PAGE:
(Editor’s note: This story is the first part of a multi-part series “Mind Wars,” examining the struggles of the mental illness, depression, that begins in Issue #7 and concludes in Issue #12. Several staff members took it upon themselves to interview, take photographs and conduct research. The results of their combined efforts follow.)
Depression is not something to be taken lightly.
Depression is a mental illness, and many people don’t see it as so.
According to the website healthline, depression is a condition that reportedly affects one in 10 Americans at one point or another.
Dr. Lynne Cleavinger, director of Health and Wellness at South Plains College, explains that SPC has health professionals who work with students who think they have depression, or if they’re suffering from depression.
“There is a specific criteria to have a certain diagnosis that you have to have,” Dr. Cleavinger says. “To me, the specific diagnosis isn’t the important part about it. Because if a person is feeling really depressed and having symptoms, they don’t have to have a diagnosis to come here. They can come work with one of the mental health professionals to determine what kind of things we need to do to help them.”
According to healthline, more than 80 percent of the people who have symptoms of clinical depression are not receiving any specific treatment for depression. Also, the number of patients diagnosed with depression increases by approximately 20 percent per year.
Christy Oden, a licensed professional counselor in Lubbock, explains that depression includes sadness, and the circumstances and intensity of it are extremely high.
“Depression is a mental health disorder, and it’s classified as a mood disorder, because it impacts our mood,” explains Oden. “You can’t switch off depression. Let’s say that somebody got some bad news, and they’re sad and a friend tries to cheer them up and it works. With depression, it isn’t going to fix the situation. The people that I work with can’t find a trigger that causes their depression.”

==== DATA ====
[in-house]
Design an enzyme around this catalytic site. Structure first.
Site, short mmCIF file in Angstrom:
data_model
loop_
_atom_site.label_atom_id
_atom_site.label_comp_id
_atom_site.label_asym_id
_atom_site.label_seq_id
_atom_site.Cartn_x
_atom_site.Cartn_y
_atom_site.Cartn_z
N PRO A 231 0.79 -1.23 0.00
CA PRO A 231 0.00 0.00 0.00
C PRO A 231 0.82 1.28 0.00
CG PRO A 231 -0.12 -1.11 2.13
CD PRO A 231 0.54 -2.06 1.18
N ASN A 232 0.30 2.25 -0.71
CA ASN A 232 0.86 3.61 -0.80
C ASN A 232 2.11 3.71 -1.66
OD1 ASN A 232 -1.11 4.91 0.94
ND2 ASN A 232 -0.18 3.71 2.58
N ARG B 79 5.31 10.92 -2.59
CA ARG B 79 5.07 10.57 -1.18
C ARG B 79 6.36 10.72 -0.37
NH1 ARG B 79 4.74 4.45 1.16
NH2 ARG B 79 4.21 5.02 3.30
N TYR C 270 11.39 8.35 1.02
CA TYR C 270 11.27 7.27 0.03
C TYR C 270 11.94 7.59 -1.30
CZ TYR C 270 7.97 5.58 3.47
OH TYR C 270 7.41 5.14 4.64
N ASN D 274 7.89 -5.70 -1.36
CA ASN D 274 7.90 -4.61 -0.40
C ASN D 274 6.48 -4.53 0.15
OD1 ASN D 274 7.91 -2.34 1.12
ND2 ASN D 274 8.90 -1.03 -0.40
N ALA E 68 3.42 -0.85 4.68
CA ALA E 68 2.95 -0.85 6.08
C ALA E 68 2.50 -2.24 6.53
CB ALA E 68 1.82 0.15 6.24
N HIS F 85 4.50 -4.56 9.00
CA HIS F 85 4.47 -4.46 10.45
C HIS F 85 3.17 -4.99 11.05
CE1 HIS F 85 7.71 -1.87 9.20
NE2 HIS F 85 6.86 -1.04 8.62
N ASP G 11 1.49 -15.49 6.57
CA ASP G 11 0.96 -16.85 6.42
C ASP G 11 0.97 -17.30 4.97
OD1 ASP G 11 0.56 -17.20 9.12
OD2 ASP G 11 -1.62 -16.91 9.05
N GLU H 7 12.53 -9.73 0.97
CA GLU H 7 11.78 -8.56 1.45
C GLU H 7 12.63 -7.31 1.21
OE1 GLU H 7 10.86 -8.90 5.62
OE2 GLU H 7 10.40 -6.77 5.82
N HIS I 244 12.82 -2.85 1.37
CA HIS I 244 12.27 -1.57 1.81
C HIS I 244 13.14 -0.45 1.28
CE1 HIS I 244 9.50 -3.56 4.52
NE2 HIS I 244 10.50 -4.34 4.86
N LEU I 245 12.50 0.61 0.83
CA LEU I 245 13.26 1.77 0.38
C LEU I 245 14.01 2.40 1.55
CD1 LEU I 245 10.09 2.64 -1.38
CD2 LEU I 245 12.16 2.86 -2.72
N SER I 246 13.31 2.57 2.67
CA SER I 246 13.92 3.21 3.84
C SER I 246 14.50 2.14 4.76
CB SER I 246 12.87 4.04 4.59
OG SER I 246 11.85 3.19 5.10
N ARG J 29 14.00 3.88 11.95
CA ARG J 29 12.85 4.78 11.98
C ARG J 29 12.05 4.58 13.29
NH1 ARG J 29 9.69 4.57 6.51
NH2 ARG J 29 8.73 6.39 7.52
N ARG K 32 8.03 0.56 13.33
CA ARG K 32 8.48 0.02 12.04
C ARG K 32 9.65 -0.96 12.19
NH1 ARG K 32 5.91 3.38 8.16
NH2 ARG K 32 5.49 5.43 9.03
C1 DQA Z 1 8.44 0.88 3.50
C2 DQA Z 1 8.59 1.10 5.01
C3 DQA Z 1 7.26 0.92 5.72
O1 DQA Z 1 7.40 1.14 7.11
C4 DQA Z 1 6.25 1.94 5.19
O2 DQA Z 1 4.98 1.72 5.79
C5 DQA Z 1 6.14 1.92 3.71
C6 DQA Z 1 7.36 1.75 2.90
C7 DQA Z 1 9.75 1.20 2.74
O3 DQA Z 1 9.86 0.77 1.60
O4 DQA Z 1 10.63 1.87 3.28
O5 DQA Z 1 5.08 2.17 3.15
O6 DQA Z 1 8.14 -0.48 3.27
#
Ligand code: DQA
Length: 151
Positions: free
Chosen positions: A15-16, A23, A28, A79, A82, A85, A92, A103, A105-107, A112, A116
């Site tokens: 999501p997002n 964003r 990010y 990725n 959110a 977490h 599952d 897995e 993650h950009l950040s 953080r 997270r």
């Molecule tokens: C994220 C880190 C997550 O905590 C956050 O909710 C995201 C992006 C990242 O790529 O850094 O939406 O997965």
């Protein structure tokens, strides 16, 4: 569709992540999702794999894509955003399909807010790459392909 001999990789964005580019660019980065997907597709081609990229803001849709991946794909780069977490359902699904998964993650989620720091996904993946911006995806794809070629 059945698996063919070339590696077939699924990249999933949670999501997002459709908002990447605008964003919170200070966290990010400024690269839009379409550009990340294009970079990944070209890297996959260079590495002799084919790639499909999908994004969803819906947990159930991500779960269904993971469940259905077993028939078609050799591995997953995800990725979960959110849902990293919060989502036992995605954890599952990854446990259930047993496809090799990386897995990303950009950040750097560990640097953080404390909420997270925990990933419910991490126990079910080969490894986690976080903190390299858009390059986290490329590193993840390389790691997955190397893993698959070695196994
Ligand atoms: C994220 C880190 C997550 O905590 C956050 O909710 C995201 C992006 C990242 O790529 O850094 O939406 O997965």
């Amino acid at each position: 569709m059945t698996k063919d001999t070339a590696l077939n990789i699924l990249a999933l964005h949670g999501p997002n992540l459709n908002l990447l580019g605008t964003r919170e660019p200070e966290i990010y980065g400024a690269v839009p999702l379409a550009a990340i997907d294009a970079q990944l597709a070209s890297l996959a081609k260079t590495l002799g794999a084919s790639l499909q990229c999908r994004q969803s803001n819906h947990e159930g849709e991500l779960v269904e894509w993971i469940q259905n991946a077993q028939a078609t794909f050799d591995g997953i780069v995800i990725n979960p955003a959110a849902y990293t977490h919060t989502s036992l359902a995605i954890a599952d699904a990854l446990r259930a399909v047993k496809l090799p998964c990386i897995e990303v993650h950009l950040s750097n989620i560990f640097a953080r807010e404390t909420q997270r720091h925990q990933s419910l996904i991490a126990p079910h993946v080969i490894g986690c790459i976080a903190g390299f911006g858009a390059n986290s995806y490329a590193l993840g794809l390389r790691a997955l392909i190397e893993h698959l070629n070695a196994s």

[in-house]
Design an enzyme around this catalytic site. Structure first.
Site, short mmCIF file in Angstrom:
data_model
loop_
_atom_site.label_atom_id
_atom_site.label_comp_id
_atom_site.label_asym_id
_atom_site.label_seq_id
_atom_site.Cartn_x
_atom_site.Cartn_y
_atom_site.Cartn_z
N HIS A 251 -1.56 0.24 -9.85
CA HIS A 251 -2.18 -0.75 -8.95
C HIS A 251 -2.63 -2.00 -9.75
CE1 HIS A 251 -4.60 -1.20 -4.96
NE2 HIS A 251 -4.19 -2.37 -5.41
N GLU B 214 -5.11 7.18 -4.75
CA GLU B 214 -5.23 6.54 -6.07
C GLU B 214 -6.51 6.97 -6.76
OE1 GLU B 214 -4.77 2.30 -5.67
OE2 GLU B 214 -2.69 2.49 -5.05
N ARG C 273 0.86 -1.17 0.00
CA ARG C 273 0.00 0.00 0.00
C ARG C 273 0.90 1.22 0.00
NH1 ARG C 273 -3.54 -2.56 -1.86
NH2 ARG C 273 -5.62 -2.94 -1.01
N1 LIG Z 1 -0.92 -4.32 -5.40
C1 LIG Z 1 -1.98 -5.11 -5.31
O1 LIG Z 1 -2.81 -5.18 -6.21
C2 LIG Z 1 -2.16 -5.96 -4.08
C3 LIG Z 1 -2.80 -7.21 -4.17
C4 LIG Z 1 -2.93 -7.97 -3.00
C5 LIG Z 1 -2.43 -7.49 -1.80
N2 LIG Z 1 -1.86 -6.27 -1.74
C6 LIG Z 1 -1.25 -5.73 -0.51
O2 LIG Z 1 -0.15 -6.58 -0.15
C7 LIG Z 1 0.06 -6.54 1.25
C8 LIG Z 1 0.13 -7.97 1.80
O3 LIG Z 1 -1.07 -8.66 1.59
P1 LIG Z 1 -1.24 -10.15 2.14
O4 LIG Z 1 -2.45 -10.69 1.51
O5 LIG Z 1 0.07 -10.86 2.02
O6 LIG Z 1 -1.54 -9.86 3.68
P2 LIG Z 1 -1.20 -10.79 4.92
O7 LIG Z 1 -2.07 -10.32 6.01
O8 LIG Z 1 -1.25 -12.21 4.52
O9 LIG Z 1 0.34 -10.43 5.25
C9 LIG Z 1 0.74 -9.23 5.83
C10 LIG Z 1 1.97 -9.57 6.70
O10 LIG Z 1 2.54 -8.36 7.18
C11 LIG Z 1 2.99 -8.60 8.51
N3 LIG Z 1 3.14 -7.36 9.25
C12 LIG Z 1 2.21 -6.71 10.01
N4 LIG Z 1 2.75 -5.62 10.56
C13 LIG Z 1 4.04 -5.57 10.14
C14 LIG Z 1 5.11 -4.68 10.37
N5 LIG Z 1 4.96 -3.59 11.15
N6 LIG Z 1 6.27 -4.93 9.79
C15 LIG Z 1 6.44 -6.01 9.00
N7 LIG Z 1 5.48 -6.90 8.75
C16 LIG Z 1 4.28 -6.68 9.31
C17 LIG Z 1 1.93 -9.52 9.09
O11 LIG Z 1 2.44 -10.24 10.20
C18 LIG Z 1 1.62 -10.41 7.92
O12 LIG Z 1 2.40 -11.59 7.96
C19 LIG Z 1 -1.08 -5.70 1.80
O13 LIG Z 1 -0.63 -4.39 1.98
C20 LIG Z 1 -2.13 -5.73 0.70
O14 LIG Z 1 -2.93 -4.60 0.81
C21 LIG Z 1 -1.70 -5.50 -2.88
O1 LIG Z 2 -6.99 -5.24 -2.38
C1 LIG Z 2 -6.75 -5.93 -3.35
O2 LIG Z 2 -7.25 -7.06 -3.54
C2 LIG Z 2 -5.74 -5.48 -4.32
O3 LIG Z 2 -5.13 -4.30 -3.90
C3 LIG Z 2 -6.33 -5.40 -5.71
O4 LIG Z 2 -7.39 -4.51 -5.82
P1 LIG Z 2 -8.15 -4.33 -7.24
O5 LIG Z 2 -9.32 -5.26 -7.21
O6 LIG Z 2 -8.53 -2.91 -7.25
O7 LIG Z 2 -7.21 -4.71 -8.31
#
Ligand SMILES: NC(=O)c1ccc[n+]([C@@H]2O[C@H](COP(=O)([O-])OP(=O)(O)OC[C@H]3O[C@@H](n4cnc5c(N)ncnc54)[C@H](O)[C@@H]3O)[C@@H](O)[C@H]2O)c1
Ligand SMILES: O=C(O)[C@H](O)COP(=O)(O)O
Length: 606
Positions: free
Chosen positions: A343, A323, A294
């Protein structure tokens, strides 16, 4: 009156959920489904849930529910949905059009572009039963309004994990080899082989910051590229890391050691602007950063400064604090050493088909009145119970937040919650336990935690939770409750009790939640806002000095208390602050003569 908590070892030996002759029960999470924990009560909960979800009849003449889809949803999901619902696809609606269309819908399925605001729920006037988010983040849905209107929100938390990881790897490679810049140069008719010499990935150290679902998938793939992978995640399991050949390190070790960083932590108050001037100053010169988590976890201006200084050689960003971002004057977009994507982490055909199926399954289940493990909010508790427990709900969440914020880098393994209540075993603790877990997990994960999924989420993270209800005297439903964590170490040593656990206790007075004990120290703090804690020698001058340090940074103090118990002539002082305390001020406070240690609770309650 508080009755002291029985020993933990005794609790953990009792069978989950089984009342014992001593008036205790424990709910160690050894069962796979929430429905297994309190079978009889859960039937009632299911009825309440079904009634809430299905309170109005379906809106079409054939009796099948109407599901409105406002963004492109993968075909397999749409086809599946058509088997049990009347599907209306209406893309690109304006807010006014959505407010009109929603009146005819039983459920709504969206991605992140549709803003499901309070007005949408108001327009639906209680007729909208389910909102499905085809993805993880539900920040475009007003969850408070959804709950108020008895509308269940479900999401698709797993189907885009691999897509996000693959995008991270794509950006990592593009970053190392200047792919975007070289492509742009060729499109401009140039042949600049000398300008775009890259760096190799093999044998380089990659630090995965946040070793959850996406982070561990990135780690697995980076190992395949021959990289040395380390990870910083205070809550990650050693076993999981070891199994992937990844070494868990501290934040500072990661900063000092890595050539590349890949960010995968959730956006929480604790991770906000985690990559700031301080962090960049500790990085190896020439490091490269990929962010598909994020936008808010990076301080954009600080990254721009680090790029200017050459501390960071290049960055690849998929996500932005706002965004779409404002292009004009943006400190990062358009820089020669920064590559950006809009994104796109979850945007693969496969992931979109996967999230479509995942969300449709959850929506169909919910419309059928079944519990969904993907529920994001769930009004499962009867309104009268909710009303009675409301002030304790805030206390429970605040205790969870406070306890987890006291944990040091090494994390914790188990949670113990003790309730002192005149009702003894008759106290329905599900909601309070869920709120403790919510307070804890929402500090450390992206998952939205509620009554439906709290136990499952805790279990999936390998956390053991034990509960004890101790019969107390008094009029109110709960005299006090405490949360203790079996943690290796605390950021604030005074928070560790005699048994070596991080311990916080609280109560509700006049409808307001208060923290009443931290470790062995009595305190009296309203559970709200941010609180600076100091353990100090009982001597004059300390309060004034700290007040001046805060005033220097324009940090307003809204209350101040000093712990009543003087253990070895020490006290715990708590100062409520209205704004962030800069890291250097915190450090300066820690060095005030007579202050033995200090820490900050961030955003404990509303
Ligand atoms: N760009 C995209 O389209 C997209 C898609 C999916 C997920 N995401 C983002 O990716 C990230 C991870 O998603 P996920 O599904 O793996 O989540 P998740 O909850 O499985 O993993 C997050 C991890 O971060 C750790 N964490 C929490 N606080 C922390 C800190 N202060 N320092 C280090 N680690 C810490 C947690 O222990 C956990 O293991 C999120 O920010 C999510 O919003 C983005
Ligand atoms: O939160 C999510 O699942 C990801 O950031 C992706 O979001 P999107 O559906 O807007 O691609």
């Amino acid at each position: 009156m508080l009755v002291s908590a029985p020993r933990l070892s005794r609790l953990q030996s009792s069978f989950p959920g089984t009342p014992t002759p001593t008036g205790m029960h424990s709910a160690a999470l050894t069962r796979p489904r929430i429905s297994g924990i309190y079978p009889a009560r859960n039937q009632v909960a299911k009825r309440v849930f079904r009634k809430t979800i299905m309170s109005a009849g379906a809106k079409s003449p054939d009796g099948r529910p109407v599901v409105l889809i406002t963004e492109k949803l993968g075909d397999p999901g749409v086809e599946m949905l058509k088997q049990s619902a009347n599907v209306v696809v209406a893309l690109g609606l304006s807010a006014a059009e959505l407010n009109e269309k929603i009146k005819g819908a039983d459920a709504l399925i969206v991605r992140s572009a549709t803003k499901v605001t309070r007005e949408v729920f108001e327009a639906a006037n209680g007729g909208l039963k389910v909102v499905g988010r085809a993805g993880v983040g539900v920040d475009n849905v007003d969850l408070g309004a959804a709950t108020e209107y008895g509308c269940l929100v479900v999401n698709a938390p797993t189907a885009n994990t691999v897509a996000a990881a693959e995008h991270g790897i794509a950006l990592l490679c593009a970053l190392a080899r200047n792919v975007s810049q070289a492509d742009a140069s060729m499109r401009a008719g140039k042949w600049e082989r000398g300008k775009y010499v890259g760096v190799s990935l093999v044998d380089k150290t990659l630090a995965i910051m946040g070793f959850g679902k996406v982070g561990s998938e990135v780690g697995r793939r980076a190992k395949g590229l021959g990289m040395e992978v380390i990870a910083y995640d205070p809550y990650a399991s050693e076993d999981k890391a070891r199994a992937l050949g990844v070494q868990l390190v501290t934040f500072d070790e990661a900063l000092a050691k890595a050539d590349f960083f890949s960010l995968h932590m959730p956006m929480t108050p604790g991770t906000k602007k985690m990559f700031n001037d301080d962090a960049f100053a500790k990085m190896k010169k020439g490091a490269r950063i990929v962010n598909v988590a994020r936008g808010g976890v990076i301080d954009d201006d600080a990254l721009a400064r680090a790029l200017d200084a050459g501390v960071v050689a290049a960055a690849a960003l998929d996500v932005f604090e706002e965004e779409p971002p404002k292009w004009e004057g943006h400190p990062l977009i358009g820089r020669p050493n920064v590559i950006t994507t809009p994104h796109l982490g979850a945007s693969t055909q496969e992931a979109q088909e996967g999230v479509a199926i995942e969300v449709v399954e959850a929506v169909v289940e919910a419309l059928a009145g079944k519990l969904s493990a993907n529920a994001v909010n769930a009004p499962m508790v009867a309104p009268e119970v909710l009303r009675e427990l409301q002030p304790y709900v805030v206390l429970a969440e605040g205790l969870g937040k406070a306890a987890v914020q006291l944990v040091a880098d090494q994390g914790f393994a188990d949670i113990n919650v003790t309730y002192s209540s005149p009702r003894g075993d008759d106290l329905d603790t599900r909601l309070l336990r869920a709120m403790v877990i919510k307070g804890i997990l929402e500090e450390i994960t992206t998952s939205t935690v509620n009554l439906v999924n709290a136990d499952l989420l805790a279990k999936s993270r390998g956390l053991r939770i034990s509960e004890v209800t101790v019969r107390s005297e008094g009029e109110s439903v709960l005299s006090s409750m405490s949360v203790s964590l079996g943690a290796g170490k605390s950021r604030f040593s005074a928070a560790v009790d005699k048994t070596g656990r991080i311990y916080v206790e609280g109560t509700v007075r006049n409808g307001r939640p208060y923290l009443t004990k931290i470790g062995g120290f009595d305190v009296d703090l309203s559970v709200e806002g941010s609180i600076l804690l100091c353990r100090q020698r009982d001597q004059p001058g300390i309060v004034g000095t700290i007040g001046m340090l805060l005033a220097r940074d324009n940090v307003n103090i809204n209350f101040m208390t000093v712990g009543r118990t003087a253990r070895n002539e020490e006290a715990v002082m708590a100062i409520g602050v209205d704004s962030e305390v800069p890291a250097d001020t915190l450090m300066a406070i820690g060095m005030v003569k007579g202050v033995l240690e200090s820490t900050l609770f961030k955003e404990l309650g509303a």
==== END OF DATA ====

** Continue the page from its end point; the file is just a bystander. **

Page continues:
Each counselor follows specific criteria that determine if someone is depressed.
According to the American Psychiatric Association, the Diagnostic and Statistical Manual of Mental Disorders (DSM) is the standard classification of mental disorders used by mental health professionals in the United States. It contains a listing of diagnostic criteria for every psychiatric disorder recognized by the U.S. healthcare system.
“DSM 5, which is the short version,” Oden says. “It is an outline that clearly sets criteria and helps us make a clear diagnosis and separates sadness and depression. Losing interest in something for two weeks is a sign they are depressed, or if they lose interest in other things that they enjoy. They tend to withdraw and not engage in activities. Appetite increases or decreases, trouble with sleeping, or loss of energy. The students are unable to concentrate in class or do work. The memory can be impacted. What usually happens is they are sociable impacted in some state or form.”
According to the Depression and Bipolar Support Alliance (DBSA), major depressive disorder affects approximately 14.8 million American adults, or about 6.7 percent of the U.S. population age 18 and older, in a given year.
While major depressive disorder can develop at any age, the median age at onset is 32, according to DBSA.
“The [criteria] is the onset if your depression happens at an earlier age, then it may be more severe when you grow up,” Oden explains. “The manual also talks about a genetic component in depression. It would help if the person has depression, they should talk to their families and not just their parents. The medications that work for one family tends to work for the person.”
According to the psychcentral website, the biggest issue regarding relapse has to do with children and adults not following through on their treatment plan.
“There are statistics that show that if someone gets medication, that helps, and statistics show that people who get therapy helps as well,” Oden says. “Now, if you combine the two together, that is when you will get the best outcome. The medications do what I can’t do. I can’t change their biological makeup.”
Dr. Cleavinger explains that at SPC, sometimes people choose to do the talk therapy and combination of medication.
“We work and ask the student what feels best for them, and the student makes the decision,” Dr. Cleavinger says. “The student is in control of their problem, and we don’t want to pressure them into doing things they don’t want to do.”
If anyone is seeking help, there are many licensed counselors who are willing to listen.
“Depression is a mental illness that should be taken seriously, because it could end somebody’s life,” according to Oden.